Sunday’s Sermon

. . . I learned about the importance of point of view, not from my graduate classes, but from our little daughter in a stroller. As I grow older I find my mind circling back on a few vivid memories from the past. One of my favorites is of a time when our family went to the zoo in Seattle for a Sunday visit. Our daughter, Margaret, was a little girl, still riding in a stroller. We went to see the apes and the lions, the monkeys and the polar bears.

“What do the monkeys say, Margaret?” “Monkeys say, uhhn, uhhn uhn!”

“What does the bear say?” “Bear says, rrroaar, rroaarr.”

We then were walking along one of the many paths, pushing the stroller and trying to keep Margaret’s older brothers from climbing into the fields with the ruminants. At one point we saw a water buffalo grazing in the field just on the other side of the fence that the boys kept looking at as a challenge to be overcome. As we stopped by the fence we watched as the water buffalo walked towards us, curious, I suppose, about this group of non-water buffalo. As it came closer Margaret was equally curious perched there in her stroller at the height of the first strand of barbed wire. It came right up to the fence. Its broad nose was almost touching Margaret as it smelled her to determine, I guess, if she were friend or foe, or food. The five of us stood there looking at the beast for several minutes. If finally made whatever determination it needed to make and continued its grazing in the field.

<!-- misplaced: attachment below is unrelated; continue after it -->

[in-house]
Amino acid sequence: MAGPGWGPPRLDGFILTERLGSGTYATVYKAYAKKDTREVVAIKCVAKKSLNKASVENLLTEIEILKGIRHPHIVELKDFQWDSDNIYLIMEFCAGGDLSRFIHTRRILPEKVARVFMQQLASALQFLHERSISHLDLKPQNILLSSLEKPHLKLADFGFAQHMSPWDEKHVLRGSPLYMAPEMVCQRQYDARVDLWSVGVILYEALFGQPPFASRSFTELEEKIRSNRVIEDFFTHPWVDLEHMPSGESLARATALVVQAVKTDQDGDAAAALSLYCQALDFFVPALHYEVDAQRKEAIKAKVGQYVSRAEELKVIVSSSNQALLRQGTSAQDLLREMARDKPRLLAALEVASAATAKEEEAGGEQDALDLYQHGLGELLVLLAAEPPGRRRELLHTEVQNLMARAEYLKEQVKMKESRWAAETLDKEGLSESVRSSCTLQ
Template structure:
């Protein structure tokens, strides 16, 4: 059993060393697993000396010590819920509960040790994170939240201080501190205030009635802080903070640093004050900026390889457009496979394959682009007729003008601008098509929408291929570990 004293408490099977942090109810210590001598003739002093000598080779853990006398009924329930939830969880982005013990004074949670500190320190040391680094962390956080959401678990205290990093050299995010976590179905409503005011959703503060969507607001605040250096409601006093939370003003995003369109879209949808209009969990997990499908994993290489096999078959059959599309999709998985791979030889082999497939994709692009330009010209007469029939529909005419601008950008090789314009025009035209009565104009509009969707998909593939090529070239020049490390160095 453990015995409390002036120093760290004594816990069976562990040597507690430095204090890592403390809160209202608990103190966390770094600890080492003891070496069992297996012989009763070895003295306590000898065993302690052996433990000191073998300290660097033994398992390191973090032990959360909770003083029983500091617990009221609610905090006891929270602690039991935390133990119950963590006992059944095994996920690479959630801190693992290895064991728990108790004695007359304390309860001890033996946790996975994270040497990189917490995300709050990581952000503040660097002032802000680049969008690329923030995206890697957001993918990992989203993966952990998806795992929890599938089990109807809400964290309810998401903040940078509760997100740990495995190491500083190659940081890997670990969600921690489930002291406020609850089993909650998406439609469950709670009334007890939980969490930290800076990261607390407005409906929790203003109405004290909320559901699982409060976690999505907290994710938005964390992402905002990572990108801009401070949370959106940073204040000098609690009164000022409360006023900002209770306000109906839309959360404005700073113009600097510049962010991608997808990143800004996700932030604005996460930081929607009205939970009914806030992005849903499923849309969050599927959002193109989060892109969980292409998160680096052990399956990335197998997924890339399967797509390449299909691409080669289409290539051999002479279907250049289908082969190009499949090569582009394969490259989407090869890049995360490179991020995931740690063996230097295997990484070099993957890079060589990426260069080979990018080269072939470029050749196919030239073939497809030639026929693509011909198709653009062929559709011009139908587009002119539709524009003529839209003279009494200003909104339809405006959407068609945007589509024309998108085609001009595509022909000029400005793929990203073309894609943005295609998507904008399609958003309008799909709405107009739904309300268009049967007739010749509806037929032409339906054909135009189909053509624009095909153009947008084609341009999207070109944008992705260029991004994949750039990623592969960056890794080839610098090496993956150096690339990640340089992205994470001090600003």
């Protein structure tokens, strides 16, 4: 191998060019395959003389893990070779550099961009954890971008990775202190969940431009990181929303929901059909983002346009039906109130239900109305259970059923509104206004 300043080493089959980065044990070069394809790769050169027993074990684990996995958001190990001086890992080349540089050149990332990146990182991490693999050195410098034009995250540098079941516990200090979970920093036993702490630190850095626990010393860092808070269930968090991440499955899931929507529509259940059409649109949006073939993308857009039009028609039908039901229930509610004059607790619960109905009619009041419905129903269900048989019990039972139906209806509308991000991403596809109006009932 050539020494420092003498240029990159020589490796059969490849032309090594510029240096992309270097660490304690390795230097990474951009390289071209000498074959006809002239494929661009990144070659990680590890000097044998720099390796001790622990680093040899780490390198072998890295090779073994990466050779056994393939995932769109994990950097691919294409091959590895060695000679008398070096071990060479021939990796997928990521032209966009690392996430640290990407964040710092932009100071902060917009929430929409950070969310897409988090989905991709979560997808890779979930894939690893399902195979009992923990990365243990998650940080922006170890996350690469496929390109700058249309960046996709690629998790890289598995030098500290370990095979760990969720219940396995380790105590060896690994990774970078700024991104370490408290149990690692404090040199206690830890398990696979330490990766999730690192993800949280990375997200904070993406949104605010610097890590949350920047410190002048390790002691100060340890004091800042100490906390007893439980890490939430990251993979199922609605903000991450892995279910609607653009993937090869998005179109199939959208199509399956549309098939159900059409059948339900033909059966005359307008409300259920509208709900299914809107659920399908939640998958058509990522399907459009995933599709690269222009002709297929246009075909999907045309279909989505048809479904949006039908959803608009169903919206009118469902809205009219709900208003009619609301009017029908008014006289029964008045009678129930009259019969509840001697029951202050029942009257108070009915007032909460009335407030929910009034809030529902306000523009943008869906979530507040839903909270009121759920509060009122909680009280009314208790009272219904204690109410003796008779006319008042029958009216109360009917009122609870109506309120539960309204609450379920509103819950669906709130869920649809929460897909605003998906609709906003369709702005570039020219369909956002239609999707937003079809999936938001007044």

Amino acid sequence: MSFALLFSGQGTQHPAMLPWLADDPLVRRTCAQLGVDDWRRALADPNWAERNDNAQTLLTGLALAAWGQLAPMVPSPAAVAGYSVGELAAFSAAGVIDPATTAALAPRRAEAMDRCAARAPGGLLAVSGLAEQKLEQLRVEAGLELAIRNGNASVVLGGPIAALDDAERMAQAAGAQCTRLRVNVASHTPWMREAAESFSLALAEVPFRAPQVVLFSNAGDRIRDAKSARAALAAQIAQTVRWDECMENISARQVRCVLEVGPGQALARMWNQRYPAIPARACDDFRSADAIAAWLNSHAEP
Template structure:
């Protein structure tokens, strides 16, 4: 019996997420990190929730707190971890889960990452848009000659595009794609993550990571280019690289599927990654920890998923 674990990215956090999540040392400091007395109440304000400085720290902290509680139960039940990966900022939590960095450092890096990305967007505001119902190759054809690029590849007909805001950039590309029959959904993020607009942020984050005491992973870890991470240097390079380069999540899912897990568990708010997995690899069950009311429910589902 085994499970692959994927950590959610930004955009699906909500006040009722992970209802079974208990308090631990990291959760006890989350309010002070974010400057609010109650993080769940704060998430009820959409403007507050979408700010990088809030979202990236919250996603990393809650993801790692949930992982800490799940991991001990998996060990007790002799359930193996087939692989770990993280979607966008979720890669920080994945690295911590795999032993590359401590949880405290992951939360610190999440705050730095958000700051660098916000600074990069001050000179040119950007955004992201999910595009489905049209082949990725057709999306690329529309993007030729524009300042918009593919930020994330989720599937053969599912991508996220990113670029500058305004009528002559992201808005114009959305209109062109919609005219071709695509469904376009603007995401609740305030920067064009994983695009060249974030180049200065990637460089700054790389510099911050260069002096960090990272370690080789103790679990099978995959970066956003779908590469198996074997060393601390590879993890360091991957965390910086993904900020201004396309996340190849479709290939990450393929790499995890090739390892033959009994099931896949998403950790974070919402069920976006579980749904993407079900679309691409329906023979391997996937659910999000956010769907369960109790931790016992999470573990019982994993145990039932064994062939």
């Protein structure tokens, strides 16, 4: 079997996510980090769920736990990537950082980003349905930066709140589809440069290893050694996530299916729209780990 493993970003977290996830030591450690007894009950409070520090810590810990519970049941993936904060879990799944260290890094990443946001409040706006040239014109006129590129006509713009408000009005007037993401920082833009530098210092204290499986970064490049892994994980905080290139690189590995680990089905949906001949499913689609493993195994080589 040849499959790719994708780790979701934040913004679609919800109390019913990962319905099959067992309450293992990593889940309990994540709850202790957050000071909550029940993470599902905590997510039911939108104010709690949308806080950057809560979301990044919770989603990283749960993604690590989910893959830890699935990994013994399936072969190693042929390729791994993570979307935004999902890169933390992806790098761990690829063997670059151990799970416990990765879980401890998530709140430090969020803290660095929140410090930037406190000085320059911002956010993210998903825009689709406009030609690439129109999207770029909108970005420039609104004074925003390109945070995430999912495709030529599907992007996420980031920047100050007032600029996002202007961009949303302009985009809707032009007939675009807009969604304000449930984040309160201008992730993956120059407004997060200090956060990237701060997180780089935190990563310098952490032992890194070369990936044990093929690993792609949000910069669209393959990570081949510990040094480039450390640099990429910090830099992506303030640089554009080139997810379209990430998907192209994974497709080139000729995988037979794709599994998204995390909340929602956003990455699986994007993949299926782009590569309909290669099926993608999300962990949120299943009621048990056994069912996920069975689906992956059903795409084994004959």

“What does the water buffalo say?” “Says, woof, woof, woof.”

“Oh, no,” I laughed, “that’s what a dog says.” “No,” she insisted, “ bufflo say woof, woof.”

I thought about that for a moment and then I came to realize an important lesson about reading the world. So much depends upon point of view. From Margaret’s point of view, down there close to the bufflo’s nose, it did indeed say “woof, woof” – the sound of its breathing through those big silky nostrils. To my ears, four or so feet above hers, there was no such sound, and I also had some preconceived idea of what a bufflo should say! But Margaret simply reported what she experienced. She didn’t know what bufflo were supposed to say, only what that one on that day did say.

Ralón, L. (2016). “Interview with Bob Lane,” Figure/Ground. April 1st.
< http://figureground.org/fg/interview-with-bob-lane/ >

On growing old

From “How to grow old”


In spite of the title, this article will really be on how not to grow old, which, at my time of life, is a much more important subject. My first advice would be to choose your ancestors carefully. Although both my parents died young, I have done well in this respect as regards my other ancestors. My maternal grandfather, it is true, was cut off in the flower of his youth at the age of sixty-seven, but my other three grandparents all lived to be over eighty. Of remoter ancestors I can only discover one who did not live to a great age, and he died of a disease which is now rare, namely, having his head cut off.